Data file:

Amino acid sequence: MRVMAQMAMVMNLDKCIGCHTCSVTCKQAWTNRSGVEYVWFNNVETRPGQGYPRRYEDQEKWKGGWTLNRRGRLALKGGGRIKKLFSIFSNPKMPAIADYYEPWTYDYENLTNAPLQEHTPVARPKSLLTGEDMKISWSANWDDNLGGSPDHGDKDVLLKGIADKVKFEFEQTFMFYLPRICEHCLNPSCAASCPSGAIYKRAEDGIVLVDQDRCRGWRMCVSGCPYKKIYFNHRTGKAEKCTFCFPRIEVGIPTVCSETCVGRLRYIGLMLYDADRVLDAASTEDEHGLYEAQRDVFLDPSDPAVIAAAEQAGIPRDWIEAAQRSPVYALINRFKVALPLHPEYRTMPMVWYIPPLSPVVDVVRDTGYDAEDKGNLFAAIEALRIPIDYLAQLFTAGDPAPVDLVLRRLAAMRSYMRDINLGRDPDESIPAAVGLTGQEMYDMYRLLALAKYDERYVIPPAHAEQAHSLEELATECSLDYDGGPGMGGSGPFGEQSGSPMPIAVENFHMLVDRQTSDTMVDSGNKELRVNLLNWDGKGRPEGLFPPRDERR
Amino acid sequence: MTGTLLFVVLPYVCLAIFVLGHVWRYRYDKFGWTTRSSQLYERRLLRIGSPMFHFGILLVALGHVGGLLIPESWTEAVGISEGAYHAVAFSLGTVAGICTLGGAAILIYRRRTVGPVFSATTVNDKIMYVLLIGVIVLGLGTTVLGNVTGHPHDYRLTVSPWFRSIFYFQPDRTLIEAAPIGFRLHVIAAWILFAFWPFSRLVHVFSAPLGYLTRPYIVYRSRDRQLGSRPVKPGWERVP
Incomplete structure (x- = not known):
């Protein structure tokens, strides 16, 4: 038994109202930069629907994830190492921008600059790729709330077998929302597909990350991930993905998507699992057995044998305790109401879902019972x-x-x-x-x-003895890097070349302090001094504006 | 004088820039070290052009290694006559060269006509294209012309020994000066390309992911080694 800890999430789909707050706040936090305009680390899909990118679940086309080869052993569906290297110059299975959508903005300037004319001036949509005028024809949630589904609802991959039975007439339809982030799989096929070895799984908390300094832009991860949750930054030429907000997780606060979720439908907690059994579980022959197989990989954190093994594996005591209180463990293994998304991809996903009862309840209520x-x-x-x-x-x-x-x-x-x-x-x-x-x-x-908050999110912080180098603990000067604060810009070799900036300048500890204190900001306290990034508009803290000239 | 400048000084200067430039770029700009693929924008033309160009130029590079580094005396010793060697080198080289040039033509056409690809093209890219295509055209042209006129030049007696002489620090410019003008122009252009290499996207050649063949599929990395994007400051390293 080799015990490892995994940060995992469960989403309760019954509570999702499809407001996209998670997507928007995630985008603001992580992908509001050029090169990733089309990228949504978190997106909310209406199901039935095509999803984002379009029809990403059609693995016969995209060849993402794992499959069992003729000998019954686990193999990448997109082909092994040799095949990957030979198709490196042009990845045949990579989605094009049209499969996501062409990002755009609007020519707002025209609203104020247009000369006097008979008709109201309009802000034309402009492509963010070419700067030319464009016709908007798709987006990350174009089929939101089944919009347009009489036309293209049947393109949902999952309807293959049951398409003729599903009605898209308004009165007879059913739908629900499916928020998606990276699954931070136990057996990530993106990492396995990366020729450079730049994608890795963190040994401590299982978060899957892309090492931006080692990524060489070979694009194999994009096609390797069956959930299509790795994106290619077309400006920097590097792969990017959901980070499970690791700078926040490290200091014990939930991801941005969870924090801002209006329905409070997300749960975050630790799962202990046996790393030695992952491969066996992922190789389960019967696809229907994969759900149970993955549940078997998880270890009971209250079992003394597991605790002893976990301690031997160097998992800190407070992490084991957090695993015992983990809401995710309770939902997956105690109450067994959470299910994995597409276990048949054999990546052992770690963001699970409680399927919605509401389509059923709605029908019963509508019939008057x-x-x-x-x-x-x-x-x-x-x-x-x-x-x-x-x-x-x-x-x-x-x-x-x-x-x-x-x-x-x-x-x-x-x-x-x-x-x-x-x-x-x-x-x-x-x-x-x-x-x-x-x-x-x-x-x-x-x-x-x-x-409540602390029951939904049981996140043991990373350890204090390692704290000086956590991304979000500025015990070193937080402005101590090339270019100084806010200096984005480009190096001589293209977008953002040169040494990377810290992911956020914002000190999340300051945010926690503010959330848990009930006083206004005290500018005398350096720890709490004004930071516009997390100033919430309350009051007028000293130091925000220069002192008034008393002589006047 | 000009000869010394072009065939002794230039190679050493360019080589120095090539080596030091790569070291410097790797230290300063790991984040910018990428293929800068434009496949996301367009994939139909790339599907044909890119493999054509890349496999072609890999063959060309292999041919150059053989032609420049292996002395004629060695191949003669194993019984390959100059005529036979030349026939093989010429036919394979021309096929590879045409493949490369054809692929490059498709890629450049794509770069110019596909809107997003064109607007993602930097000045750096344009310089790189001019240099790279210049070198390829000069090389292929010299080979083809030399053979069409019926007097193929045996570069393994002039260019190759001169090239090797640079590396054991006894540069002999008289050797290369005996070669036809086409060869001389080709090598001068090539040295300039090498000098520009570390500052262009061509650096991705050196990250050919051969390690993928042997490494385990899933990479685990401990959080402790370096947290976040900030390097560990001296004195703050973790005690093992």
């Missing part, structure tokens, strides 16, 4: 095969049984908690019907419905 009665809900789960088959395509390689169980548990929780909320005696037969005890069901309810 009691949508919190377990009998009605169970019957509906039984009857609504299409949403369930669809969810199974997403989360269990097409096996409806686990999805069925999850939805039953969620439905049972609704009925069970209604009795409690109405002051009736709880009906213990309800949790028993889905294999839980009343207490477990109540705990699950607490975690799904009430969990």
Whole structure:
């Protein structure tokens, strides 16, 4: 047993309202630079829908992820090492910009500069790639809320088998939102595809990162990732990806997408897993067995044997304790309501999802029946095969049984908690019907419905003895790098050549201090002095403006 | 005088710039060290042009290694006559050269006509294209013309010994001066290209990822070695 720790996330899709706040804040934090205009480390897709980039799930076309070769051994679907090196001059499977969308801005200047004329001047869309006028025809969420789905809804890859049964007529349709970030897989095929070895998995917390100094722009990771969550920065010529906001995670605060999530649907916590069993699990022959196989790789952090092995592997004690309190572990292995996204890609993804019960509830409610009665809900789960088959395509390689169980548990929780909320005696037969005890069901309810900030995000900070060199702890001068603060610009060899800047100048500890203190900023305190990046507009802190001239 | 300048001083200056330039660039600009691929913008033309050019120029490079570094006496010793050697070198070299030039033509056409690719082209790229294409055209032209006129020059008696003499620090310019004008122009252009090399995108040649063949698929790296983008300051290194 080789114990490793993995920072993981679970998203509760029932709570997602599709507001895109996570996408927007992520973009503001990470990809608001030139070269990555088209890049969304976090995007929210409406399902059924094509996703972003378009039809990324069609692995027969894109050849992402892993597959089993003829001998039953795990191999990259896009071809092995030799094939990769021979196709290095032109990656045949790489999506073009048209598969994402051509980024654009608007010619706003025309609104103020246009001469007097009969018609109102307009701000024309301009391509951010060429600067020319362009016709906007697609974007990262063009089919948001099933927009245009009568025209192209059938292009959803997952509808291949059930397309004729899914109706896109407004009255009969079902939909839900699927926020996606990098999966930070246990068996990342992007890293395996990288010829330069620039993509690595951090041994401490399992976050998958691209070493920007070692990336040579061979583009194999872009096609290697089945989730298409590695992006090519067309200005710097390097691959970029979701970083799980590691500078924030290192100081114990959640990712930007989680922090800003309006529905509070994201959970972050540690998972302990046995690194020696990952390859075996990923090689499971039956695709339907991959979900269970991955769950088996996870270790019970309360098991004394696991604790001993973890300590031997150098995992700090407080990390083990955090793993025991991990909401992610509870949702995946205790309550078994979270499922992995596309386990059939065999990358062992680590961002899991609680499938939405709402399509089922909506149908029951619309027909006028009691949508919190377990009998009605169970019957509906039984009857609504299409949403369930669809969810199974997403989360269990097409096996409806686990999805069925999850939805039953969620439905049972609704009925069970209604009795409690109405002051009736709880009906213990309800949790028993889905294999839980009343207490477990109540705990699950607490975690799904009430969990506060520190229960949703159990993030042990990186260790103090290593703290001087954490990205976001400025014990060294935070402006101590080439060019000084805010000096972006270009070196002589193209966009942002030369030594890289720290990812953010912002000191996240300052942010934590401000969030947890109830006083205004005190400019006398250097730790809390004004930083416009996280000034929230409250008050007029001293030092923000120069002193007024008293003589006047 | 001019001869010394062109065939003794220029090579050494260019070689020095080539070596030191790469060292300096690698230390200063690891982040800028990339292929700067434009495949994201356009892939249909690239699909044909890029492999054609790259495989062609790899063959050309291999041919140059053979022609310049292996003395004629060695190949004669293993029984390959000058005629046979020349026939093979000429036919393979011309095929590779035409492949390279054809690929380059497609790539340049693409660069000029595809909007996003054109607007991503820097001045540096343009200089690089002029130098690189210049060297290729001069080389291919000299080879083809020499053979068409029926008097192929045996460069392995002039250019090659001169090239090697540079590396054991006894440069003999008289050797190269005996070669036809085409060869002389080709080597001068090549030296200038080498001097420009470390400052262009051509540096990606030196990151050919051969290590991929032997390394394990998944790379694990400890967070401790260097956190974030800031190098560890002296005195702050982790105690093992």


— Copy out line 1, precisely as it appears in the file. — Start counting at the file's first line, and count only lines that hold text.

Amino acid sequence: MRVMAQMAMVMNLDKCIGCHTCSVTCKQAWTNRSGVEYVWFNNVETRPGQGYPRRYEDQEKWKGGWTLNRRGRLALKGGGRIKKLFSIFSNPKMPAIADYYEPWTYDYENLTNAPLQEHTPVARPKSLLTGEDMKISWSANWDDNLGGSPDHGDKDVLLKGIADKVKFEFEQTFMFYLPRICEHCLNPSCAASCPSGAIYKRAEDGIVLVDQDRCRGWRMCVSGCPYKKIYFNHRTGKAEKCTFCFPRIEVGIPTVCSETCVGRLRYIGLMLYDADRVLDAASTEDEHGLYEAQRDVFLDPSDPAVIAAAEQAGIPRDWIEAAQRSPVYALINRFKVALPLHPEYRTMPMVWYIPPLSPVVDVVRDTGYDAEDKGNLFAAIEALRIPIDYLAQLFTAGDPAPVDLVLRRLAAMRSYMRDINLGRDPDESIPAAVGLTGQEMYDMYRLLALAKYDERYVIPPAHAEQAHSLEELATECSLDYDGGPGMGGSGPFGEQSGSPMPIAVENFHMLVDRQTSDTMVDSGNKELRVNLLNWDGKGRPEGLFPPRDERR